Background and importance Despite its safety and efficacy, venous thromboembolism (VTE) prophylaxis has been proved to be misused in acutely ill medical patients, leading to potential deep vein thrombosis or pulmonary embolism.
Aim and objectives Our objectives were to assess the current practices of VTE prevention in acutely ill medical patients in our institution and to explore the underlying reasons for our results.
Material and methods This multicentre cross sectional study was conducted among medical patients. Three scores were selected to evaluate the risk of VTE (the PADUA score, the IMPROVE VTE RAM and the Geneva score) and two scores for bleeding risk assessment (the IMPROVE BLEEDING RAM and the ACCP 2012 recommendations). To be considered at high risk, patients had to have at least two positive scores for VTE or bleeding.
Our main outcome measure was the prevalence of hospitalised medical patients receiving appropriate thromboprophylaxis (type and dose). The secondary outcome measure was the prevalence of patients receiving an adequate dose among patients receiving LMWH in general, and in special populations. To have a better understanding of our results, a survey of our physicians was performed 1 month later.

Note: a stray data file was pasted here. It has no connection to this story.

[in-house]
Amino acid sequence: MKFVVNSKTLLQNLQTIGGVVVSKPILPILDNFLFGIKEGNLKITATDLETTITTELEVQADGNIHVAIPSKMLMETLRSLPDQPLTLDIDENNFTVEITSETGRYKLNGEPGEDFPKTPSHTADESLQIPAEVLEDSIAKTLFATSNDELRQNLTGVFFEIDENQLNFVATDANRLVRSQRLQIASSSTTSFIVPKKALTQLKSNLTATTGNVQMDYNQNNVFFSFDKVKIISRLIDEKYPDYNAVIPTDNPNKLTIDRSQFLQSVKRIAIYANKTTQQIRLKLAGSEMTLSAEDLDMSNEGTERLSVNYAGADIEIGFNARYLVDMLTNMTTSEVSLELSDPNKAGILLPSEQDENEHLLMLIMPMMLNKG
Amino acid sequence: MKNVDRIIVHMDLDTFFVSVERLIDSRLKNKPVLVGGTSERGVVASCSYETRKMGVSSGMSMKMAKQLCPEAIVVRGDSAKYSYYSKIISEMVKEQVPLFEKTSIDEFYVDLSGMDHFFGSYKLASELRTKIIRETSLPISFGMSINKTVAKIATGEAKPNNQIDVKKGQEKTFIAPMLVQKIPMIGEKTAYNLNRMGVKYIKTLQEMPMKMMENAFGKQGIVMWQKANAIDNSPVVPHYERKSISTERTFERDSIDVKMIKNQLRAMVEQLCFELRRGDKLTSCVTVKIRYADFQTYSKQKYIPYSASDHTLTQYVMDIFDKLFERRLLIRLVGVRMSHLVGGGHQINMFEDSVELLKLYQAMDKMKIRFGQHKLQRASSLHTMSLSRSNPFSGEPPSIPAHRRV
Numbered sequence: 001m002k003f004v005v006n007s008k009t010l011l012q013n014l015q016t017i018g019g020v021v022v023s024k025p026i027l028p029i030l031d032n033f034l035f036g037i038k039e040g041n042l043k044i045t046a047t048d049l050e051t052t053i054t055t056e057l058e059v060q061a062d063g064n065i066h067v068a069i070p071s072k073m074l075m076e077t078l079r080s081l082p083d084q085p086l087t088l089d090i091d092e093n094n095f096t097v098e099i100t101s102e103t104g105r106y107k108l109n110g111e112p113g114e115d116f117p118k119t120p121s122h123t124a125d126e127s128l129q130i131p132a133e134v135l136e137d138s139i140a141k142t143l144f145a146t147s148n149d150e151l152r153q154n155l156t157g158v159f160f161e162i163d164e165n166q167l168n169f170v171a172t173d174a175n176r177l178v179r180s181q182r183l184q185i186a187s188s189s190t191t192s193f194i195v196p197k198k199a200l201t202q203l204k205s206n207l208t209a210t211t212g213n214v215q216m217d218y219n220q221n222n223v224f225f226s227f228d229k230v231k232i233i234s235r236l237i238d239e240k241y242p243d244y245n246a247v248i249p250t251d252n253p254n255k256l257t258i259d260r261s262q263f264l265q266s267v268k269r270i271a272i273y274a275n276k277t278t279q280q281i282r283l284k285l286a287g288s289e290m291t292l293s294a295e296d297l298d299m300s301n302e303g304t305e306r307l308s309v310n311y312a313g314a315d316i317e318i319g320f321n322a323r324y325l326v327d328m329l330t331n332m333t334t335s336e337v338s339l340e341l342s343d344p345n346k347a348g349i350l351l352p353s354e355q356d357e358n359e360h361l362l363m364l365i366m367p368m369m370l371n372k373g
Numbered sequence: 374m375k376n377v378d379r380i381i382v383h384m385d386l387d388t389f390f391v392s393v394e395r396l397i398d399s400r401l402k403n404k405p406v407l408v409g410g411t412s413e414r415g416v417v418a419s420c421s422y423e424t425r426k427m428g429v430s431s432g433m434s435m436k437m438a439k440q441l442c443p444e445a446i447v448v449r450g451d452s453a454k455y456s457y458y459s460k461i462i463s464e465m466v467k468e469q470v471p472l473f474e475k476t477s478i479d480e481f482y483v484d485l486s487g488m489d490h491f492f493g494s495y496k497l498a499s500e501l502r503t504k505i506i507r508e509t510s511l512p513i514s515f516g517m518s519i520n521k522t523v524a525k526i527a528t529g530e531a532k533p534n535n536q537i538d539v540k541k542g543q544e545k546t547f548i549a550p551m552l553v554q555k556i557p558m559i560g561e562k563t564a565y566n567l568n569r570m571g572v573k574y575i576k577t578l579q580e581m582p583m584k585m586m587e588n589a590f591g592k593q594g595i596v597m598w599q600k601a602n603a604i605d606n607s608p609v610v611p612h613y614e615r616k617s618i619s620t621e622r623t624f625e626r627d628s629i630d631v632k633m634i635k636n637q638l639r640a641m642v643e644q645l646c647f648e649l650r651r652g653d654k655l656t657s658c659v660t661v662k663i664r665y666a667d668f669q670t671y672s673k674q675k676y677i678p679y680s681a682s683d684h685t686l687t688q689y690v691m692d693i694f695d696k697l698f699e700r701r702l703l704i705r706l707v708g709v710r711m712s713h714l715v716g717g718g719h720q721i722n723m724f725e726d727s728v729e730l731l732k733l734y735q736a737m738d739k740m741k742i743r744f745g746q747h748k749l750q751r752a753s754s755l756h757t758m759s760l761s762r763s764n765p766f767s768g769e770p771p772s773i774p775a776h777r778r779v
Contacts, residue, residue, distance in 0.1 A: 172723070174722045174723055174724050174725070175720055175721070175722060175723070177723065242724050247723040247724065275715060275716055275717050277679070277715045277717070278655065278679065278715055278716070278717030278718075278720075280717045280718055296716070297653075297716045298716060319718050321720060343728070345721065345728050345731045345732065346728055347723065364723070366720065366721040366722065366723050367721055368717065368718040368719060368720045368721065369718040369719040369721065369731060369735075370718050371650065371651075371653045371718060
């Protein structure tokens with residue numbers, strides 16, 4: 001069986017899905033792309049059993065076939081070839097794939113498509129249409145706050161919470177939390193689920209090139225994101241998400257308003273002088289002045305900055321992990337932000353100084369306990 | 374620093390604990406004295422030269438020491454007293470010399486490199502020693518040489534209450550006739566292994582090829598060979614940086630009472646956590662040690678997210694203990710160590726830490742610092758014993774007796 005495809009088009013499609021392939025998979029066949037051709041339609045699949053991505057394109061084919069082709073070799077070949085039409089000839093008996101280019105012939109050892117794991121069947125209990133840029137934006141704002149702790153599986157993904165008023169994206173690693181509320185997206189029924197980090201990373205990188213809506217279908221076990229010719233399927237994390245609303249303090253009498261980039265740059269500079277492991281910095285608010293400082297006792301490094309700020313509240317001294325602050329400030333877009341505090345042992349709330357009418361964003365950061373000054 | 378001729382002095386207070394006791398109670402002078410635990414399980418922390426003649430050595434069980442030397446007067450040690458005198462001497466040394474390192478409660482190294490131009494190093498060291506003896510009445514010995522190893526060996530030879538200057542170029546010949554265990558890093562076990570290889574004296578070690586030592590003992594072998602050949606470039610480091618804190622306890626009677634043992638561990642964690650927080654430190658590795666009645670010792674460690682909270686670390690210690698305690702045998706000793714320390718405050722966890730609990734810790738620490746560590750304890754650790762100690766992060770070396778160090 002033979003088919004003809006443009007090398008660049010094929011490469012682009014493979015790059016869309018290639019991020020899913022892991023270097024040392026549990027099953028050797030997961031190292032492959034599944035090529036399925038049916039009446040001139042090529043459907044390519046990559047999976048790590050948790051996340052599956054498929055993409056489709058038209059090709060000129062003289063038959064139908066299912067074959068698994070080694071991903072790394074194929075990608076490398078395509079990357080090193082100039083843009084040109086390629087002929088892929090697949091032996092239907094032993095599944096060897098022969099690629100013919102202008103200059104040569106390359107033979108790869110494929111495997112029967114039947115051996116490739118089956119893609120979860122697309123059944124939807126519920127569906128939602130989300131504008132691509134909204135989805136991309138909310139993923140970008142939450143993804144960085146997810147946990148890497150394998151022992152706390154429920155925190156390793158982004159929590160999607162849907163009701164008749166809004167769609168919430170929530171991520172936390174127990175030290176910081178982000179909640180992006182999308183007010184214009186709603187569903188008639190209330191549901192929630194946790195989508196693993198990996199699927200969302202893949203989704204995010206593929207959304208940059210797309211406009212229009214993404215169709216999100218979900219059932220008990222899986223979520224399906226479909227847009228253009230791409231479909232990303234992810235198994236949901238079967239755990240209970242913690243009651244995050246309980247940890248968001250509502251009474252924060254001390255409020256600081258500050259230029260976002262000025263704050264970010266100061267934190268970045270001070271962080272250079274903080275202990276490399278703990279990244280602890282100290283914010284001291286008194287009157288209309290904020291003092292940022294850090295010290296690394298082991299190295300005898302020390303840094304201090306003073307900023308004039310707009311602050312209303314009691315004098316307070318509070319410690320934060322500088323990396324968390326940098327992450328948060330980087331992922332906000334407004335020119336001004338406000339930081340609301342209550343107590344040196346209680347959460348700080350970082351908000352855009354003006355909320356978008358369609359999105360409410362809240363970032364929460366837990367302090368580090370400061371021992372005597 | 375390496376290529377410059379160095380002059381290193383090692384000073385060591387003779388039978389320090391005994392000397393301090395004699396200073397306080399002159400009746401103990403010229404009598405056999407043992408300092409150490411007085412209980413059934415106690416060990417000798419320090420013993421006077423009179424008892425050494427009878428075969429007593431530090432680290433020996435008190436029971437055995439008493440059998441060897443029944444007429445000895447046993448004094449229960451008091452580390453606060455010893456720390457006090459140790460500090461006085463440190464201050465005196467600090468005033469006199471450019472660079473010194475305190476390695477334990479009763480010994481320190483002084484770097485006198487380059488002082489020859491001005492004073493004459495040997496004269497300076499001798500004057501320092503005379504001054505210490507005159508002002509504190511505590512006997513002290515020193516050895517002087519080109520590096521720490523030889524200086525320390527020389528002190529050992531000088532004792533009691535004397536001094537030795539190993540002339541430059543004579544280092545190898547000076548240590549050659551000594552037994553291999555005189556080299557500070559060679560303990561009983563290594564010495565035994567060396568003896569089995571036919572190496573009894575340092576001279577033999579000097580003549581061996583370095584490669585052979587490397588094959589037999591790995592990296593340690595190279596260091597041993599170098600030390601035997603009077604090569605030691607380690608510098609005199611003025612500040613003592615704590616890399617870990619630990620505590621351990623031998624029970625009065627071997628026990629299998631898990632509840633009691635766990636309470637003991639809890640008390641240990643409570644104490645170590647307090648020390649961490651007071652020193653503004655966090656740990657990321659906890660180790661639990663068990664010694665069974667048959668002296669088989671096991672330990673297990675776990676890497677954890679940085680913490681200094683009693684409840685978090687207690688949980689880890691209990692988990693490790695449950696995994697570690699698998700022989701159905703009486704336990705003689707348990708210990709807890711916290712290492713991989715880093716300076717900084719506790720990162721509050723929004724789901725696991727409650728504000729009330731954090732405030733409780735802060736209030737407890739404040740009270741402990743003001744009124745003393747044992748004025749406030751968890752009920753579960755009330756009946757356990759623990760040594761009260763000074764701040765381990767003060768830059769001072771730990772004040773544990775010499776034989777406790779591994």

Results Of the 144 patients included in the study, 52.1% had a high risk of VTE. 70.8% of our patients received appropriate thromboprophylaxis. 18 (9.5%) patients received an unnecessary LMWH and 14 (9.7%) lacked an LMWH.
77% of patients treated with LMWH received an appropriate dose. Only one of two patients with severe renal failure and 24.9% of patients with an extreme body weight received an appropriate dose of LMWH (table 1).
29 physicians answered our subsequent online survey. More than 70% of physicians answered that they had never opened our institutional recommendations and did not follow any specific guidelines when prescribing thromboprophylaxis.
Conclusion and relevance VTE prophylaxis in the acutely ill medical patients is not optimal. Improvements must be made, especially regarding communication and healthcare professionals’ education.
Conflict of interest No conflict of interest
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